For the rest of this week we’ve taken on the task of repairing and painting several of the apartments at Jackson and 12th that are being refurbished for use as transitional housing for the Downtown Women’s Center. Greg is coordinating volunteers from all four churches — cleaning, repairing floors and walls and ceilings, painting, replacing light fixtures and toilets. And at the same time, as every year, we’re running a couple of outdoor Vacation Bible Schools — we call them Bible Block Parties — at Margaret Wills and San Jacinto Elementary Schools.



I praise God for the Christ-like culture in our four churches that allows us to run after our Lord’s vision for the unity of his people for the sake of the world. I have to continually remind our folks that the vast majority of our brothers and sisters in the Churches of Christ do not have the same opportunities. Fellowshipping and worshiping and serving with other Christians in other denominations isn’t even an option for most CofCers. I praise God that his Spirit has moved us in Amarillo to embrace one another in Christ. And I pray that his holy will be done in and through our churches for the sake of Amarillo and to his eternal glory.



Maundy Means Commands

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JesusWashingFeetToday is Maundy Thursday, the day Christians all over the world remember the events of the night our Lord Jesus was betrayed by his disciples. Yeah, remember, it wasn’t just Judas who betrayed Jesus; he was just the only one who got paid. They all fled that night when things got hairy. They all abandoned Jesus (Well, the guys did. According to the Gospels, the women were the only ones who did not flee the scene. They stood by their man, as it were, through the trials, the suffering, the crucifixion, and the burial).

The word “Maundy” is from a Latin word that means “commands.” That word has been used by Christians to describe that last night for centuries because Jesus gave his followers several commands during that last meal:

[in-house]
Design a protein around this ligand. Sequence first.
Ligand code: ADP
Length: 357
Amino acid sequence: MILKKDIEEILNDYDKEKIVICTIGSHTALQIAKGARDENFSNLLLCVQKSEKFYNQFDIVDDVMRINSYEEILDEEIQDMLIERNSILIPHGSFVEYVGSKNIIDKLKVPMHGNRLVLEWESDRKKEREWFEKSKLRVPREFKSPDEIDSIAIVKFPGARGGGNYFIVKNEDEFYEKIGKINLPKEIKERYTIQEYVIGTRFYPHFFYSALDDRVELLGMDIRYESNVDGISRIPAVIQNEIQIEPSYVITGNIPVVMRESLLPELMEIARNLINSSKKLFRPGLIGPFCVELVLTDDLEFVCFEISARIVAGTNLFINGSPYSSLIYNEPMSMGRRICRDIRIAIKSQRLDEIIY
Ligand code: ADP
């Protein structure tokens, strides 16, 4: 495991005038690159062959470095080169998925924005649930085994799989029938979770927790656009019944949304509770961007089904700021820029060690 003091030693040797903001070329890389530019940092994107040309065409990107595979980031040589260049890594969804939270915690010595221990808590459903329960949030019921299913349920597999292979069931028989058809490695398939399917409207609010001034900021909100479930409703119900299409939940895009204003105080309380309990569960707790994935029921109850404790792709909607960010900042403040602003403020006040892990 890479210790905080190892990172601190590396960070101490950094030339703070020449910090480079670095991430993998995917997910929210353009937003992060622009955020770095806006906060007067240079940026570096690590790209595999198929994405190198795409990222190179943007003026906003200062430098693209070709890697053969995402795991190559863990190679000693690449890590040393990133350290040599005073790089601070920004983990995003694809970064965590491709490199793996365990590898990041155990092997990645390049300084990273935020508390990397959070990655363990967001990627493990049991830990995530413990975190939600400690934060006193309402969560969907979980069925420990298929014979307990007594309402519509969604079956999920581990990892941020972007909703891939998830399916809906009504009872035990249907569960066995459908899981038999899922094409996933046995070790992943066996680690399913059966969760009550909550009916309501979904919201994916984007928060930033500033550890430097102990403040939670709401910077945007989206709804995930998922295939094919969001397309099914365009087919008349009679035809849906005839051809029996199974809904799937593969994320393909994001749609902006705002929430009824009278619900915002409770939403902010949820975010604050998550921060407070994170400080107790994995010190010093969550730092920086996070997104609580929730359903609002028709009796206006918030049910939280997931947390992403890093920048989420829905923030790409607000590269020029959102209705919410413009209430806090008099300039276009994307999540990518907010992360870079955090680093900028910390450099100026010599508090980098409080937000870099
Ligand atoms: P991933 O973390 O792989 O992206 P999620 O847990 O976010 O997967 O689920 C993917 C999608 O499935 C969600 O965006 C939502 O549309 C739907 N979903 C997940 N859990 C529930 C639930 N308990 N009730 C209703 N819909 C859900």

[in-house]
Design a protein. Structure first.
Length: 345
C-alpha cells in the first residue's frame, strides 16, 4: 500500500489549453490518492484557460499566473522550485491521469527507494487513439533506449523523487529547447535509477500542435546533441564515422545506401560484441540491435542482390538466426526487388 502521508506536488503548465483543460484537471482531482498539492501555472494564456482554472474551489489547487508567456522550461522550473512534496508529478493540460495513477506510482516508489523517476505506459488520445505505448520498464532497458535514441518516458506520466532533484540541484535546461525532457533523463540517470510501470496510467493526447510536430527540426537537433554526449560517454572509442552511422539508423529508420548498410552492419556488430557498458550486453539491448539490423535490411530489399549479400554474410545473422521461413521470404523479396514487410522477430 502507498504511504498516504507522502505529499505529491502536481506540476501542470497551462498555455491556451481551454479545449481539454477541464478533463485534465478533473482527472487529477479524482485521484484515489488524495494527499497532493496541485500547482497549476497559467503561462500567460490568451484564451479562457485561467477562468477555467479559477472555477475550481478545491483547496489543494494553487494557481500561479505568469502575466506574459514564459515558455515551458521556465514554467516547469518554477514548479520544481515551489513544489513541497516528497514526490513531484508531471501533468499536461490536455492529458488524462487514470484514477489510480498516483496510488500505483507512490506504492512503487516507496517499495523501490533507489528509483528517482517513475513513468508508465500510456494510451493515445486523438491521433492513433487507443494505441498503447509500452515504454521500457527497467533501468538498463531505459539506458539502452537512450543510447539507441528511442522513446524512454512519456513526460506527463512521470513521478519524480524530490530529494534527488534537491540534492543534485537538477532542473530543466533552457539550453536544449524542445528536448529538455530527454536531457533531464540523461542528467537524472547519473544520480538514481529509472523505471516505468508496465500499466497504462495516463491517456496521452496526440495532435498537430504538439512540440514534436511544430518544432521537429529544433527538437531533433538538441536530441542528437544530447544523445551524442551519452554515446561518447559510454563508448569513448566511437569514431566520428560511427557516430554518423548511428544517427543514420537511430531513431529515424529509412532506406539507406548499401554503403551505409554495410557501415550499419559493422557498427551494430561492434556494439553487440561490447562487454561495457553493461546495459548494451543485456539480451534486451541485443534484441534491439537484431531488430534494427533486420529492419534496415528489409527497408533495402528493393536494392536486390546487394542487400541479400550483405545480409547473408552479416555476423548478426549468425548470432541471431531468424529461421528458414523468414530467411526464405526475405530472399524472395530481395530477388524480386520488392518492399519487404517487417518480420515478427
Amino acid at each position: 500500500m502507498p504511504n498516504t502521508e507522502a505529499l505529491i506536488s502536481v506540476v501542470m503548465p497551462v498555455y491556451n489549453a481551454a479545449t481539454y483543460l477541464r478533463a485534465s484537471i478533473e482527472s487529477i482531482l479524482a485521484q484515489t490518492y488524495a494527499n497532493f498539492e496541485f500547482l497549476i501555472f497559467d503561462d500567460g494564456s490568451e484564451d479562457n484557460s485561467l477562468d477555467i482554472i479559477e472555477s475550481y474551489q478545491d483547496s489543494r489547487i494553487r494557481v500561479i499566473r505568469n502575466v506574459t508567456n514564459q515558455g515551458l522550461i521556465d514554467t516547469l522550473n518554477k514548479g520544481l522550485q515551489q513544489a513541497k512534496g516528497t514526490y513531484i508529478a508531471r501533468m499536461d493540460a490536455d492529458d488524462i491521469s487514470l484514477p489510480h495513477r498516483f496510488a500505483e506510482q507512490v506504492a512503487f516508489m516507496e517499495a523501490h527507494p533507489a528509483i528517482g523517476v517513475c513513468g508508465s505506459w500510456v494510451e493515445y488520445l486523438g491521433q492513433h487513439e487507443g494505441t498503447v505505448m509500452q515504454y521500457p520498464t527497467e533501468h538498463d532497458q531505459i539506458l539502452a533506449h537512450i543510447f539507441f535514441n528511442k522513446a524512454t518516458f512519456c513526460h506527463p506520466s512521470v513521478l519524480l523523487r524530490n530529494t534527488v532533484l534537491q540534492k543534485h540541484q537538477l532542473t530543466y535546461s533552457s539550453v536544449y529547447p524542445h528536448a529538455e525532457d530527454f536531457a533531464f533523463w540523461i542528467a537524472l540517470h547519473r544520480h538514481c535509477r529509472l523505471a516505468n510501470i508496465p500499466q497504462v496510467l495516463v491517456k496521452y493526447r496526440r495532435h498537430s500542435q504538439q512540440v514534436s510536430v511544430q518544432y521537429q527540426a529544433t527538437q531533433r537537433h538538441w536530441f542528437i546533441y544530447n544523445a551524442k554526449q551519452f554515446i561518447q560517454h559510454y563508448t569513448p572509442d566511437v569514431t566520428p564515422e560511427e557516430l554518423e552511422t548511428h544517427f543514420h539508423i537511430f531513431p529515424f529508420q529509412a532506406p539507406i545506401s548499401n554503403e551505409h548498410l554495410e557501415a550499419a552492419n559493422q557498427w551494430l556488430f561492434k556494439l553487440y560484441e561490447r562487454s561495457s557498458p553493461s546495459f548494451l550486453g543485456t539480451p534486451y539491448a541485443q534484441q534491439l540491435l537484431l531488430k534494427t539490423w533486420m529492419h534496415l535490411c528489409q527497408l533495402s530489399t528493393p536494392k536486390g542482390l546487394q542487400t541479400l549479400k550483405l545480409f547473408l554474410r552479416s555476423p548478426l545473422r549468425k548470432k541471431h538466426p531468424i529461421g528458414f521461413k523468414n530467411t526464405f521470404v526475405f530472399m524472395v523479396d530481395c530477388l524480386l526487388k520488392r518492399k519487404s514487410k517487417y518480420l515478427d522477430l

“Now that I, your Lord and Teacher, have washed your feet, you also should wash one another’s feet. I have set you an example that you should do as I have done for you.” ~John 13:14-15

“A new command I give you: Love one another. As I have loved you, so you must love one another.” ~John 13:34

“My command is this: Love each other as I have loved you.” ~John 15:12

Today is a day of solemn remembrance. Easter Sunday — I can’t wait for Easter, I love Easter, Resurrection! — is a day for exuberant celebration. But Maundy Thursday is for individual and corporate reflection. Inspection. Introspection. How have I betrayed my Lord? Am I keeping his commands? In what ways do I continually deny my Savior?

He told his disciples that night around the table to remain in his love, to obey his commands. At a meal together, he asked them to obey his commands just as he had obeyed the commands of the Father. And then he says it: My command is that you love each other as I have loved you. You’re my friends, he says, if you do what I command (John 15:9-14).

Are we obeying his primary command to love each other? Are we showing Christ Jesus’ sacrificial, servant-hearted, selfless love to other followers? Or do we betray our Lord and disobey his command by judging other disciples and withdrawing from other followers? Are we loving and serving all Christians as Jesus commanded, as he prayed to our Father on that dark night we would, or do we only love and serve Christians who think and behave exactly like we do? Do we reject Jesus’ command by criticizing other churches, even condemning them, because we have different understandings or different practices?